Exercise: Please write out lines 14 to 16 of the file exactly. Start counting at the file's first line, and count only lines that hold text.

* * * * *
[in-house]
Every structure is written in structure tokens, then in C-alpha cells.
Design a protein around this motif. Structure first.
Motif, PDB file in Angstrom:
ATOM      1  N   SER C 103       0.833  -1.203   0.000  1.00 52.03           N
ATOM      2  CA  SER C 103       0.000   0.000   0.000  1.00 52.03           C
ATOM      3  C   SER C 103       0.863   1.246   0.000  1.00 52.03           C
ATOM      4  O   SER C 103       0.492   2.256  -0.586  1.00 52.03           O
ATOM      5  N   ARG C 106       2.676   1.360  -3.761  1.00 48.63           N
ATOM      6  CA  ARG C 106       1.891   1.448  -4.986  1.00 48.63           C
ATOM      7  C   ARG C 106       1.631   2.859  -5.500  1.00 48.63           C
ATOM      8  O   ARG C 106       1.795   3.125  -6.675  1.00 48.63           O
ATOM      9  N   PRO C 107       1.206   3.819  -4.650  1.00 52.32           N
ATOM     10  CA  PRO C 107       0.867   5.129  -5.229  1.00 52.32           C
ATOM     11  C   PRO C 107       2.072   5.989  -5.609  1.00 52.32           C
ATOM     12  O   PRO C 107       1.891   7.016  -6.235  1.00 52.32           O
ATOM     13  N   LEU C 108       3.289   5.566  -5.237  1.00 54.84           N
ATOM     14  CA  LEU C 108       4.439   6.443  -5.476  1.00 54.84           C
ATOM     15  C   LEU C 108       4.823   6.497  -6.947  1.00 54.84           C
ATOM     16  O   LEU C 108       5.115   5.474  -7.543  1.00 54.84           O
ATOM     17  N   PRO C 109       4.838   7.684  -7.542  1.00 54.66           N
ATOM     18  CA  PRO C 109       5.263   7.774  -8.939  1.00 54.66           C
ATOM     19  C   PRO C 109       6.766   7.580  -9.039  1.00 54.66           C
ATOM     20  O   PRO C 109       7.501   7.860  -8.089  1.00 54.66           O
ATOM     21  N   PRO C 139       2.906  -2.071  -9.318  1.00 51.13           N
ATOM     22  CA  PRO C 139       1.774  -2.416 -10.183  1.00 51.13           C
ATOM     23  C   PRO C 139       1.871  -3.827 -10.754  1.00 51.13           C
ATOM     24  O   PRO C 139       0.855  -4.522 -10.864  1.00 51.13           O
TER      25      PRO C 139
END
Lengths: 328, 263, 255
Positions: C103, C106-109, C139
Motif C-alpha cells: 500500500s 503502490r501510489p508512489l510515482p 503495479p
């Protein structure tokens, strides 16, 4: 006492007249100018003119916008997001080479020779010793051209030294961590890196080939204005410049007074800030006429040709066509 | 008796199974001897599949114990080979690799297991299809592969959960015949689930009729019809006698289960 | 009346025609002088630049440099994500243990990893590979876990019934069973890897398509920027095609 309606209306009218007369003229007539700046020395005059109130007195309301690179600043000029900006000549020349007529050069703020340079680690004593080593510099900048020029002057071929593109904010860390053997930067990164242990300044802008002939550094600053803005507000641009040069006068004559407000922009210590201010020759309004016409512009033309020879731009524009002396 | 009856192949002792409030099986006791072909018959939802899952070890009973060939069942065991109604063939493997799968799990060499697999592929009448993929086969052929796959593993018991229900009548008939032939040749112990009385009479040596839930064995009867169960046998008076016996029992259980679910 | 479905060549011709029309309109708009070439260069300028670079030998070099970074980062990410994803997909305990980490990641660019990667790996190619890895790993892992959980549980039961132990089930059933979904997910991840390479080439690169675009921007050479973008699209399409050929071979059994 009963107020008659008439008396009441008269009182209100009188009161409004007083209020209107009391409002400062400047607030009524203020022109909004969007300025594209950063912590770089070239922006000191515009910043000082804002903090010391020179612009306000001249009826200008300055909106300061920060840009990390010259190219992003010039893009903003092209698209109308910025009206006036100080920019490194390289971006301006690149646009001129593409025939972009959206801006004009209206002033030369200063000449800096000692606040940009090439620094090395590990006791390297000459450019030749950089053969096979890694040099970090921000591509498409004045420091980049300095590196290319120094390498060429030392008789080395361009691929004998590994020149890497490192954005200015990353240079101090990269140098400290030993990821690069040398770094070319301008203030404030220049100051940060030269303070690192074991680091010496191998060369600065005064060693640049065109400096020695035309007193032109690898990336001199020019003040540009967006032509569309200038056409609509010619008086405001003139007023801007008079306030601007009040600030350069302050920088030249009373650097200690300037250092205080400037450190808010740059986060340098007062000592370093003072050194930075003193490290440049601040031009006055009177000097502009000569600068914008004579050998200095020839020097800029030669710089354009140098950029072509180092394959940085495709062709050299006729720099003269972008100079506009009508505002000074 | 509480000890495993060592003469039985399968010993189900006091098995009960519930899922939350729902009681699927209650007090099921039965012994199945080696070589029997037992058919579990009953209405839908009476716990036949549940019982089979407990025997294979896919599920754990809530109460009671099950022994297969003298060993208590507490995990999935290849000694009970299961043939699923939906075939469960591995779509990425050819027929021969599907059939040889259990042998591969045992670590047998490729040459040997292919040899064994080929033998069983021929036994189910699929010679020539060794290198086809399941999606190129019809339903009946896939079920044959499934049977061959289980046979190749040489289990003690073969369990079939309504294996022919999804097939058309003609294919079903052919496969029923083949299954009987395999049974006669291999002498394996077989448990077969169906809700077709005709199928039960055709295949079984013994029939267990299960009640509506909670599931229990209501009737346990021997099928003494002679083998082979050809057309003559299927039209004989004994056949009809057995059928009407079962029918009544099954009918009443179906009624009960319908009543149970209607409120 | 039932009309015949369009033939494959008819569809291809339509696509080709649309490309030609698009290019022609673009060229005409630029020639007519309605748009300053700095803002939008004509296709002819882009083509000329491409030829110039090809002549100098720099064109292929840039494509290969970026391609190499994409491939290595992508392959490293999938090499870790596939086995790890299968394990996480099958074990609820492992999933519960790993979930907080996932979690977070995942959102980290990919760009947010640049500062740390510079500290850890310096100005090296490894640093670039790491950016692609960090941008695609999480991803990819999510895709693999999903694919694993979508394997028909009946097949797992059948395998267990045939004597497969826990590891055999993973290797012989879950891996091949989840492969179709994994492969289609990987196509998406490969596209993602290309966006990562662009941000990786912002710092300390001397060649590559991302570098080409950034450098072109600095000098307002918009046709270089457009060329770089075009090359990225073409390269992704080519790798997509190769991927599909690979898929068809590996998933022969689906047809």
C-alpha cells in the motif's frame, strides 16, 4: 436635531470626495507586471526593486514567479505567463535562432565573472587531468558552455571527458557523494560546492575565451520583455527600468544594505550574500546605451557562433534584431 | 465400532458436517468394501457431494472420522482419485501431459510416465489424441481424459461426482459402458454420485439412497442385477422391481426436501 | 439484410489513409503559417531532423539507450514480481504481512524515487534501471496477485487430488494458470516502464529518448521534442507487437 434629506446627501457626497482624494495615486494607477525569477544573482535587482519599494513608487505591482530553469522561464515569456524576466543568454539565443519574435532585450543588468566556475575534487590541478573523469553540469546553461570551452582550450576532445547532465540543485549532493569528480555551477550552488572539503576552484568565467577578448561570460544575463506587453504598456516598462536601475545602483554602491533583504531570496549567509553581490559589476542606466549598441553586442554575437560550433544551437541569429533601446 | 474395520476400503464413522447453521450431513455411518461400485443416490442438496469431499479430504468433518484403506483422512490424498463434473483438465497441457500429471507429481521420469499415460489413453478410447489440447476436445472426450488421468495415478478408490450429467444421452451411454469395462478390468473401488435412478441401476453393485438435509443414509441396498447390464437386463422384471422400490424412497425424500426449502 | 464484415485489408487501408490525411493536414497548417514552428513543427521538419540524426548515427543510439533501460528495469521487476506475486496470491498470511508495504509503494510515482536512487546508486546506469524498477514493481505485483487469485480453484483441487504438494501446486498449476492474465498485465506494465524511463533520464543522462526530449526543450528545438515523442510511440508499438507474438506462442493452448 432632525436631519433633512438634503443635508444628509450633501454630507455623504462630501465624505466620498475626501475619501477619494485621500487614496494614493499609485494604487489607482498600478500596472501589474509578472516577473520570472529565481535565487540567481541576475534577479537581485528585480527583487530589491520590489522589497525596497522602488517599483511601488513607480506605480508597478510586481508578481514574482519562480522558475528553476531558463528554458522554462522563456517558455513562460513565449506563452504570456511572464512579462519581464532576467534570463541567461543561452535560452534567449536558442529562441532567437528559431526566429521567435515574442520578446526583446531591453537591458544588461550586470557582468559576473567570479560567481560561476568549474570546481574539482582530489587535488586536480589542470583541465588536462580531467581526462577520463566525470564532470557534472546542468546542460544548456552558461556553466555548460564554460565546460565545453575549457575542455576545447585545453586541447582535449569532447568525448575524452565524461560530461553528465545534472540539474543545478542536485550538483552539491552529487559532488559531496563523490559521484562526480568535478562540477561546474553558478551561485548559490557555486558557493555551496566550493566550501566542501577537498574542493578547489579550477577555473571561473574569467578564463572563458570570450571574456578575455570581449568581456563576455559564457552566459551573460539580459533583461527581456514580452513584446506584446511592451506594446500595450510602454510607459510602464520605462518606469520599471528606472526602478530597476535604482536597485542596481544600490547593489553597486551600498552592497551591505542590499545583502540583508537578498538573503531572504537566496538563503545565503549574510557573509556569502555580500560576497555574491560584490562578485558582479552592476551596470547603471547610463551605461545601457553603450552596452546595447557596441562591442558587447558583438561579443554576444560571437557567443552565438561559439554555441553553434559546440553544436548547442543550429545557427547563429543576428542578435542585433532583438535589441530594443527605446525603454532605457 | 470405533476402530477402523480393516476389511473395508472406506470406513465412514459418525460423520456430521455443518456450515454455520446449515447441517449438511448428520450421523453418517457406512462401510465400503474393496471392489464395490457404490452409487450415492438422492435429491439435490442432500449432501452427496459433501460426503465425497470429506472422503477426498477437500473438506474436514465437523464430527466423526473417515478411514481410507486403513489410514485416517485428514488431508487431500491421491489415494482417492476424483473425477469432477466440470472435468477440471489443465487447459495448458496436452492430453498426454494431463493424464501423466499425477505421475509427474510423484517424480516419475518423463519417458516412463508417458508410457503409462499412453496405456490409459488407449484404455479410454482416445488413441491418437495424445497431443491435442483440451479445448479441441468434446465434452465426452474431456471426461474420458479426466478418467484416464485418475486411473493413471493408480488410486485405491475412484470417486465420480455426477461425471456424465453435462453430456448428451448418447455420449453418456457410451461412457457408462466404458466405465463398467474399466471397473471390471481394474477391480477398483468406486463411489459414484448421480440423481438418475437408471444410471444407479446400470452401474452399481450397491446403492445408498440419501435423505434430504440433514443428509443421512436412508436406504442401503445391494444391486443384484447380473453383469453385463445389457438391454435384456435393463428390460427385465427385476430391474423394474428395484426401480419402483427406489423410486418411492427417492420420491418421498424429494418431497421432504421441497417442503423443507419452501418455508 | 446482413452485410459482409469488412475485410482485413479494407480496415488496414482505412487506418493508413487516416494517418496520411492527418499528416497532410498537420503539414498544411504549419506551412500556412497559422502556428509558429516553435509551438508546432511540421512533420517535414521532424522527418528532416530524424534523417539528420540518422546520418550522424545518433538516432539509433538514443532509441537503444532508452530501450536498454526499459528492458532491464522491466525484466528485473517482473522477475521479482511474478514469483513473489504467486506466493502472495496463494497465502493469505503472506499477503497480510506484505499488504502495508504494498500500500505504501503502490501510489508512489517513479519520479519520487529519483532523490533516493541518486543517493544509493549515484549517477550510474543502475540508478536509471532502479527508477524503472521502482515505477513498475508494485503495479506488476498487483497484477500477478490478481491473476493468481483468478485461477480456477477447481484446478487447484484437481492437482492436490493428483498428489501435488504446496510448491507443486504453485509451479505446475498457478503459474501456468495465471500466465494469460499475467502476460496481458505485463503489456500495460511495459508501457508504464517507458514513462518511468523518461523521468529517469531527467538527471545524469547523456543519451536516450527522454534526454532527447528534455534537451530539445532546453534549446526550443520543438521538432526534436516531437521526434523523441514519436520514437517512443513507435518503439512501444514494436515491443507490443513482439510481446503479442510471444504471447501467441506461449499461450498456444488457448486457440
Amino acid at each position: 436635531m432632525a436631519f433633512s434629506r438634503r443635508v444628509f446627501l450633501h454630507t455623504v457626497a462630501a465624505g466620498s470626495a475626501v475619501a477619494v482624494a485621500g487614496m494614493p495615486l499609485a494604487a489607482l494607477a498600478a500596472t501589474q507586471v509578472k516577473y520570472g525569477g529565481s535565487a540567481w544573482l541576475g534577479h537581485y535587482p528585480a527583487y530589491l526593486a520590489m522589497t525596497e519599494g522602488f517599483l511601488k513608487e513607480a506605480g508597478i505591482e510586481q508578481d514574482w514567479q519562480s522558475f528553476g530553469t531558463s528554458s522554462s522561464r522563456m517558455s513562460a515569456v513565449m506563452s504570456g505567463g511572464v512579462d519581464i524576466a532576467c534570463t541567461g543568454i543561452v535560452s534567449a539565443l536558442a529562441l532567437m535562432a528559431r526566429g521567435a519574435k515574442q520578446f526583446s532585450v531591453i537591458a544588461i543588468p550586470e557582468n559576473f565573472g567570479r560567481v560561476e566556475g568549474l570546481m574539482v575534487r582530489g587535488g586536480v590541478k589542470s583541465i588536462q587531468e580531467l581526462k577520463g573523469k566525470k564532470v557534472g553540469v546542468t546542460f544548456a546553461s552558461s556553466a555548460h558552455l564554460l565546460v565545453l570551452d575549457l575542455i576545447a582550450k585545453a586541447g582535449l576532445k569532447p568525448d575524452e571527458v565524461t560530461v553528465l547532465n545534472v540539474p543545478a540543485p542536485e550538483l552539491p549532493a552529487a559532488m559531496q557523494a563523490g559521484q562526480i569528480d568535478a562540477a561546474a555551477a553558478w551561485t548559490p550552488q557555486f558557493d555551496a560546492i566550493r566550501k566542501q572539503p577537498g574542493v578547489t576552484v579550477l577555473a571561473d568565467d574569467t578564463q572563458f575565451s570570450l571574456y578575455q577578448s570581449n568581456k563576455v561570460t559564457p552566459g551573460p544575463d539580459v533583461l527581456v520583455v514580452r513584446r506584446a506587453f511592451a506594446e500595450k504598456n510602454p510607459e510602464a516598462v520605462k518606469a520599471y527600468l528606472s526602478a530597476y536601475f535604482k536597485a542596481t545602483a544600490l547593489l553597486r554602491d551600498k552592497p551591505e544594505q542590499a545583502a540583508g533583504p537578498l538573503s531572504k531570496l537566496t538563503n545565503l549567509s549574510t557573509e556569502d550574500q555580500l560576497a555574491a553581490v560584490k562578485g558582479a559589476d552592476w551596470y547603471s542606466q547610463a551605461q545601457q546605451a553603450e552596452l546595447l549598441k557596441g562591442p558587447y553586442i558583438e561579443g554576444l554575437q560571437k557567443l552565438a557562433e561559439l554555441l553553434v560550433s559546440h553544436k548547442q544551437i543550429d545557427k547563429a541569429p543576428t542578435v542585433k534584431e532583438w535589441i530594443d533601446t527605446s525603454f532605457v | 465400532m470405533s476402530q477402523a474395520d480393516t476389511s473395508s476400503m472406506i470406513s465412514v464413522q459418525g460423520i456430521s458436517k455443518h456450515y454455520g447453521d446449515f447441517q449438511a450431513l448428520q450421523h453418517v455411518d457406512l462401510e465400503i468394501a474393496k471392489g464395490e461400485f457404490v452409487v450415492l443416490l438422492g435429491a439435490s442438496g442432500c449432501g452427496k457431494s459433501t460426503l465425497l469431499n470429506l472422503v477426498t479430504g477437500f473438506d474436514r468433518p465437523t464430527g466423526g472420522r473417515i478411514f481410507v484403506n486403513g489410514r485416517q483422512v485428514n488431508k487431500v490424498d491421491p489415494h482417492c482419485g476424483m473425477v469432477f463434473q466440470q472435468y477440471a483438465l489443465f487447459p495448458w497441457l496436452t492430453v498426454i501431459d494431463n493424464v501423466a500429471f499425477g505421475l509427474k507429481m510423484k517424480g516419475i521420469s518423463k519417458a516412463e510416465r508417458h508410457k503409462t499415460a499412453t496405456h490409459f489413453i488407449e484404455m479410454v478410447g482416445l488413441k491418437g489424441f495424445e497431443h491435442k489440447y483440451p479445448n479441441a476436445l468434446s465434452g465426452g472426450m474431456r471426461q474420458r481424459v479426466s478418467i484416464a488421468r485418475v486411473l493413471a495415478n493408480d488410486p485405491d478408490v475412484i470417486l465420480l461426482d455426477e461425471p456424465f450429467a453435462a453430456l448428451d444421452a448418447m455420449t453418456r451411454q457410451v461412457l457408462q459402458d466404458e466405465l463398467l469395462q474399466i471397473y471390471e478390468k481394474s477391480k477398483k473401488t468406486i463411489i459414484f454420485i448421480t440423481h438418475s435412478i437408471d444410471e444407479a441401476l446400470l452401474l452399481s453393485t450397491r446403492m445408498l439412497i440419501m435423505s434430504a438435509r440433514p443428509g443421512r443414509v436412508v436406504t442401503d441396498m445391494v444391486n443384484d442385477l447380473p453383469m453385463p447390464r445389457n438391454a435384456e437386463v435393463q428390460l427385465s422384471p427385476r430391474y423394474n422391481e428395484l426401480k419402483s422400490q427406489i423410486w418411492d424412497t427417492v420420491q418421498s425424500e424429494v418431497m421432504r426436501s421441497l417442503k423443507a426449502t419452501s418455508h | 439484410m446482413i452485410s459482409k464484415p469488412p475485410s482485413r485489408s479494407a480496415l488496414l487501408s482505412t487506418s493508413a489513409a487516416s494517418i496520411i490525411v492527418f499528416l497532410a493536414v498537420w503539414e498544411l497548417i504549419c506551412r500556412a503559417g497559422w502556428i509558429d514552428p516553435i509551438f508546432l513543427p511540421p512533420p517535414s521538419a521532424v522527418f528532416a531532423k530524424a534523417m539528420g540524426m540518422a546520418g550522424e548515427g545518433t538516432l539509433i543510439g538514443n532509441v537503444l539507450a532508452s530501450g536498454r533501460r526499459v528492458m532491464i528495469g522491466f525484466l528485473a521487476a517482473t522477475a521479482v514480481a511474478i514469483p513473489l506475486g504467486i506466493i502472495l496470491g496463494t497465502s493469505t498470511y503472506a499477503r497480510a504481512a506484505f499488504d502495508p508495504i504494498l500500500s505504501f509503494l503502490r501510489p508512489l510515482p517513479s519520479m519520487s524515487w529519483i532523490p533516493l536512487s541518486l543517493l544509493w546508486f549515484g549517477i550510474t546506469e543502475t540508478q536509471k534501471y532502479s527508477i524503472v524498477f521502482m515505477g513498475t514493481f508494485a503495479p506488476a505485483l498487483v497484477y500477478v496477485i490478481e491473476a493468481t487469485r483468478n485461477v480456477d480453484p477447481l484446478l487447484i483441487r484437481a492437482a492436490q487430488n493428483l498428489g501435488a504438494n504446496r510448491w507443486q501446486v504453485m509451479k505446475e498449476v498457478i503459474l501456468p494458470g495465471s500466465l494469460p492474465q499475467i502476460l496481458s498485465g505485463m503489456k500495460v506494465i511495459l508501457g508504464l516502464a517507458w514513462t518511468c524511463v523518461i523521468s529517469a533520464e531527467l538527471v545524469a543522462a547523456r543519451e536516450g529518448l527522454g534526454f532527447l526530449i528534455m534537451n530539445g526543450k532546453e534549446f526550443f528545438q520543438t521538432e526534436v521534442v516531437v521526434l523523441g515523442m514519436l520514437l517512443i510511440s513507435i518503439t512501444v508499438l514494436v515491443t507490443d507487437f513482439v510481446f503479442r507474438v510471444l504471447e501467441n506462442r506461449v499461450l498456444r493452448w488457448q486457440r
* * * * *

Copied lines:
ATOM     10  CA  PRO C 107       0.867   5.129  -5.229  1.00 52.32           C
ATOM     11  C   PRO C 107       2.072   5.989  -5.609  1.00 52.32           C
ATOM     12  O   PRO C 107       1.891   7.016  -6.235  1.00 52.32           O